Chips Act

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      You may have heard: there is an ongoing shortage of computer chips that go into everything, from computers and cars to equipment for the U.S. military. Now, Scott Thuman reports, there’s a plan to solve the problem using your tax dollars.

      In a race against time, and under the pressure of a tight deadline, Bruce Montgomery and his team at Syntonics, a technology company based in Maryland, diligently piece together equipment used to extend the range of radio signals.

      Bruce Montgomery: Most of our customers have tactical communications requirements. They need radios in a command center in the basement of a building, or in a cave. And in a lot of cases, the antennas are too far away to connect them using anything other than optical fiber. So, you have to use optical fiber to get the radio signals in and out.

      The due date on a contract for the U.S. military is just weeks away, and building the equipment for them is a complicated process made more challenging in the wake of a pandemic disrupting global supply chains, clogging ports, and bottlenecking deliveries.

      Montgomery: It means that when we call up the distributor to order something, the distributor goes, "Sorry, we don't have any," and you go, "What?" It's like going to the grocery store and being told they don't have toilet paper!

      For Bruce and his team, it’s all about semiconductors, that tiny critical ingredient needed to make it all work.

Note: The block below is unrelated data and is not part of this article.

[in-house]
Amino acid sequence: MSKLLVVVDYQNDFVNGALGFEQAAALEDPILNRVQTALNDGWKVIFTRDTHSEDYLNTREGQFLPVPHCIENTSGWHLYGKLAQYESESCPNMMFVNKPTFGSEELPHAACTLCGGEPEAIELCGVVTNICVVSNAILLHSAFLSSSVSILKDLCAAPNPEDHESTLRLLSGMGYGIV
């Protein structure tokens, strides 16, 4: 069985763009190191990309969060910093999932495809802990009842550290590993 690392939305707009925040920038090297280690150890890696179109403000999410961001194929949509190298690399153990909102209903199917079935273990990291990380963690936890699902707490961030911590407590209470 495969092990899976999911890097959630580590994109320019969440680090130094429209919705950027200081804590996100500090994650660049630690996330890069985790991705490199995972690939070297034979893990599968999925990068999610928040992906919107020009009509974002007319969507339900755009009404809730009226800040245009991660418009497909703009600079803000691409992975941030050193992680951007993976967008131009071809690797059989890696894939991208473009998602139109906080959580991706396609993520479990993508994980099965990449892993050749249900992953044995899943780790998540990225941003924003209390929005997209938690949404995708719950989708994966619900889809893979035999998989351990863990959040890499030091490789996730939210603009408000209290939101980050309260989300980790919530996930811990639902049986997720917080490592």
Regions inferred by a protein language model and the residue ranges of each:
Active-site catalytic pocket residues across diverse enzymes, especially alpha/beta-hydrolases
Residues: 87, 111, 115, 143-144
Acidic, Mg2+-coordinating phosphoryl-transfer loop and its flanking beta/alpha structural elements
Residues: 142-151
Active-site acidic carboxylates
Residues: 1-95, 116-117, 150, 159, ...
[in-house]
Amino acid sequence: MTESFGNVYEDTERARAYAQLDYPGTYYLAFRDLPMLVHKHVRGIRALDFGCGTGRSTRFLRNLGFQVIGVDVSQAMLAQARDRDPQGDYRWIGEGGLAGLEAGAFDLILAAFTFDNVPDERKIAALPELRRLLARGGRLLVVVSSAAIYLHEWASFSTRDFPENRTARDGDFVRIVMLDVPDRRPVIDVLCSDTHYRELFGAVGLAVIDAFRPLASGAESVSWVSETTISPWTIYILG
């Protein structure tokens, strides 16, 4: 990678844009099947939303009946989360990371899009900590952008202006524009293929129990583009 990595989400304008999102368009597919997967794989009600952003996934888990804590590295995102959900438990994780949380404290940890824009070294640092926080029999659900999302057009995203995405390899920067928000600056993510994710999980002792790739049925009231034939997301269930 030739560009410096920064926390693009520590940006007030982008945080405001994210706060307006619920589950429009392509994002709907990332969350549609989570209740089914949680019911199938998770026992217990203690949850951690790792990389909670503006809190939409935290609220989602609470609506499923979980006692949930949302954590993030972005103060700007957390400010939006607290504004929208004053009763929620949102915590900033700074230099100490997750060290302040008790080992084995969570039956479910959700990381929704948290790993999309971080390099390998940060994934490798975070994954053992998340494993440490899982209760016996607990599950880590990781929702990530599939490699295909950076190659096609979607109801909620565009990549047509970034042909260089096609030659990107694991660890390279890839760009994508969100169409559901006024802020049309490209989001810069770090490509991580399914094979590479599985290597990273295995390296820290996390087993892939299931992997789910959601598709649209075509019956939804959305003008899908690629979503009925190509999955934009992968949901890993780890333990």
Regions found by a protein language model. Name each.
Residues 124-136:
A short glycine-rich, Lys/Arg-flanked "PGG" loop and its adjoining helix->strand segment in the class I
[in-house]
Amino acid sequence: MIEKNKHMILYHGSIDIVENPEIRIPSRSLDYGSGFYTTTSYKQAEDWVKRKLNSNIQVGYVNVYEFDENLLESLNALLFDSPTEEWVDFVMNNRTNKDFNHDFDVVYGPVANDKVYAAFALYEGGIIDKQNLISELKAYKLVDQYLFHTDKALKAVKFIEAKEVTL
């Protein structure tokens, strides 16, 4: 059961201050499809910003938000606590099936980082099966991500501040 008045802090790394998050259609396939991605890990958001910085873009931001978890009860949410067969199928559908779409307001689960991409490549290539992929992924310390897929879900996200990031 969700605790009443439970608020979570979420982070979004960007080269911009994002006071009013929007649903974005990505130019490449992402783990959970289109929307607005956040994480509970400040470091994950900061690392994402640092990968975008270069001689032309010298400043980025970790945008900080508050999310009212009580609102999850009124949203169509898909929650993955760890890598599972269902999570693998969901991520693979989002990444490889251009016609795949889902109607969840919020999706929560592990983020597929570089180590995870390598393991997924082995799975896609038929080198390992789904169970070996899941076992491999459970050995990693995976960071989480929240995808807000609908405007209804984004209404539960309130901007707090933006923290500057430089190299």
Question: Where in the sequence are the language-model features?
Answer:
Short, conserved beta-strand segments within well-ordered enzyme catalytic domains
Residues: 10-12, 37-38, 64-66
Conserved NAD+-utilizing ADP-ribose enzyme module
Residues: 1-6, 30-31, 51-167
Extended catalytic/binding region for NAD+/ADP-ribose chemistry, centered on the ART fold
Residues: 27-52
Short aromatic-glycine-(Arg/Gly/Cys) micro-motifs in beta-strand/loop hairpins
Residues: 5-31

Montgomery: Lord yes. We've got microcontrollers, microprocessors, all of these fancy integrated circuits most of which are designed in the United States. Few of which are fabricated here. They're mostly fabricated in Asia.

      Few indeed. A mere 12 percent of the global supply of the semiconductor chips used to make smartphones, refrigerators, and defense industry equipment are produced in the United States. Among their uses, controlling temperature sensors and managing power to illuminate electronic displays.

      Compare that to the volume produced in just four different parts of Asia, where China, South Korea, Japan and Taiwan collectively manufacture more than 70% of the world’s chips.

      Getting your hands on them, however, is a different story. It takes about six months between ordering and delivery.

      Montgomery: We've got huge shipping problems right now. Production's also a real problem. Chinese suppliers tell us they're only allowed to have electricity two hours a day. The whole supply chain from soup to nuts is screwed up!

      Scott Thuman: Have we become too reliant on products from Asia?

      Montgomery: We certainly are reliant on electronics parts from Asia. Based on this Covid experience, I'd say, yeah, we've become overly reliant.

      High-time for that to change, according to Senator Mark Warner, who knows something about chips. He co-founded the early mobile phone company Nextel in 1987, and today says it’s critical the U.S. creates its own resilient supply of chips.

      Sen. Mark Warner: Other nations, particularly China, have dramatically increased their investment in this field. Who controls the supply of semiconductor chips really controls, in many ways, the economic future.

      Which is why he is calling for the federal government to invest taxpayer dollars on the American semiconductor industry through a bipartisan bill he co-sponsored know as the “Creating Helpful Incentives to Produce Semiconductors” act.